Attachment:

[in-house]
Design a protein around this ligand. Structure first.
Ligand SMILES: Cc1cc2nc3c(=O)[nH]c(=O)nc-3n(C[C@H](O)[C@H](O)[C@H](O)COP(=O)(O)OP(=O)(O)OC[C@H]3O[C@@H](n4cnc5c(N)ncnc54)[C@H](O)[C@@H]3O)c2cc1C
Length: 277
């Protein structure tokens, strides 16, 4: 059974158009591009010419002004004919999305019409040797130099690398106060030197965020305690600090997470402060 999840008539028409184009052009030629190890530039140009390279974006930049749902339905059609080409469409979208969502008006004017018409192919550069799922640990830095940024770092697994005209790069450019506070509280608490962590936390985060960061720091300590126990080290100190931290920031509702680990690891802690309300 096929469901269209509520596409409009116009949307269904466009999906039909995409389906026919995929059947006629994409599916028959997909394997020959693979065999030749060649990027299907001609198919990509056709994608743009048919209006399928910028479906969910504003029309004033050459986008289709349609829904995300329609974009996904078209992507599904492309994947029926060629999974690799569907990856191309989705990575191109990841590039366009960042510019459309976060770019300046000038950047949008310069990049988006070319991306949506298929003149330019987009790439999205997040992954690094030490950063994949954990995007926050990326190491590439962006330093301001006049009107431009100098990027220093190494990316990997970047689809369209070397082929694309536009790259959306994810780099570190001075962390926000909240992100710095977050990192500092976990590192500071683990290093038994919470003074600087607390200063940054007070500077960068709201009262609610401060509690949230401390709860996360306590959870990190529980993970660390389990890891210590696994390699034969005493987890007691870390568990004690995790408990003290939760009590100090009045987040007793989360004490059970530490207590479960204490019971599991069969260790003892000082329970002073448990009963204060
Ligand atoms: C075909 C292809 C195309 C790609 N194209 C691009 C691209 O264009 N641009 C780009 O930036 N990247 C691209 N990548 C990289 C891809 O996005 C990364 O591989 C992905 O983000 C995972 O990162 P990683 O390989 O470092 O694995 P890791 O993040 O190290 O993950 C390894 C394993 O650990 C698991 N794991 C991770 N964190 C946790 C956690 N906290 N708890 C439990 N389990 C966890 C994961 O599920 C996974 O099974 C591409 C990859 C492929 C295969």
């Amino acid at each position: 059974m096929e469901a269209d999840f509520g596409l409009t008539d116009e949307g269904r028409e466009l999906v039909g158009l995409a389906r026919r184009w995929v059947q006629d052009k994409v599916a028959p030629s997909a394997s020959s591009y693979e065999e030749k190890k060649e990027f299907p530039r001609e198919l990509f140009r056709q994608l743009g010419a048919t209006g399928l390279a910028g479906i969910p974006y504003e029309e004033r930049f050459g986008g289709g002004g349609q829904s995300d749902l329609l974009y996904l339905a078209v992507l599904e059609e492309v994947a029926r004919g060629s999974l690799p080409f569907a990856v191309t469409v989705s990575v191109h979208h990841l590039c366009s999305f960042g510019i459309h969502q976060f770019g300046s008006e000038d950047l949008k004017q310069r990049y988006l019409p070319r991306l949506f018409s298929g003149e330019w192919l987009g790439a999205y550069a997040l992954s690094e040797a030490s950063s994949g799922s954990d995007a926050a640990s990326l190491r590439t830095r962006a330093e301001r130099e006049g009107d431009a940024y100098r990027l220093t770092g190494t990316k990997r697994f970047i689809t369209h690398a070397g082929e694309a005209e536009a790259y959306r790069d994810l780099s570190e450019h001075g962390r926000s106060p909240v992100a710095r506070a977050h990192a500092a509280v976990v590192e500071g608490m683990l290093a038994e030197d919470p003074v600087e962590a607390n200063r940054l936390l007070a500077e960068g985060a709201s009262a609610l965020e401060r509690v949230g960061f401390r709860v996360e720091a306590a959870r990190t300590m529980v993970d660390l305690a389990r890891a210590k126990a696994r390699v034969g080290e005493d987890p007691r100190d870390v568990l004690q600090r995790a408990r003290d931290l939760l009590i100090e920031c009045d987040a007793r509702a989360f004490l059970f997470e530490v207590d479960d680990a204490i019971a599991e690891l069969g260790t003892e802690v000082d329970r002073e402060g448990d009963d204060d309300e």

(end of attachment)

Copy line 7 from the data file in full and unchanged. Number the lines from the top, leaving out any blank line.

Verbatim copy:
């Amino acid at each position: 059974m096929e469901a269209d999840f509520g596409l409009t008539d116009e949307g269904r028409e466009l999906v039909g158009l995409a389906r026919r184009w995929v059947q006629d052009k994409v599916a028959p030629s997909a394997s020959s591009y693979e065999e030749k190890k060649e990027f299907p530039r001609e198919l990509f140009r056709q994608l743009g010419a048919t209006g399928l390279a910028g479906i969910p974006y504003e029309e004033r930049f050459g986008g289709g002004g349609q829904s995300d749902l329609l974009y996904l339905a078209v992507l599904e059609e492309v994947a029926r004919g060629s999974l690799p080409f569907a990856v191309t469409v989705s990575v191109h979208h990841l590039c366009s999305f960042g510019i459309h969502q976060f770019g300046s008006e000038d950047l949008k004017q310069r990049y988006l019409p070319r991306l949506f018409s298929g003149e330019w192919l987009g790439a999205y550069a997040l992954s690094e040797a030490s950063s994949g799922s954990d995007a926050a640990s990326l190491r590439t830095r962006a330093e301001r130099e006049g009107d431009a940024y100098r990027l220093t770092g190494t990316k990997r697994f970047i689809t369209h690398a070397g082929e694309a005209e536009a790259y959306r790069d994810l780099s570190e450019h001075g962390r926000s106060p909240v992100a710095r506070a977050h990192a500092a509280v976990v590192e500071g608490m683990l290093a038994e030197d919470p003074v600087e962590a607390n200063r940054l936390l007070a500077e960068g985060a709201s009262a609610l965020e401060r509690v949230g960061f401390r709860v996360e720091a306590a959870r990190t300590m529980v993970d660390l305690a389990r890891a210590k126990a696994r390699v034969g080290e005493d987890p007691r100190d870390v568990l004690q600090r995790a408990r003290d931290l939760l009590i100090e920031c009045d987040a007793r509702a989360f004490l059970f997470e530490v207590d479960d680990a204490i019971a599991e690891l069969g260790t003892e802690v000082d329970r002073e402060g448990d009963d204060d309300e």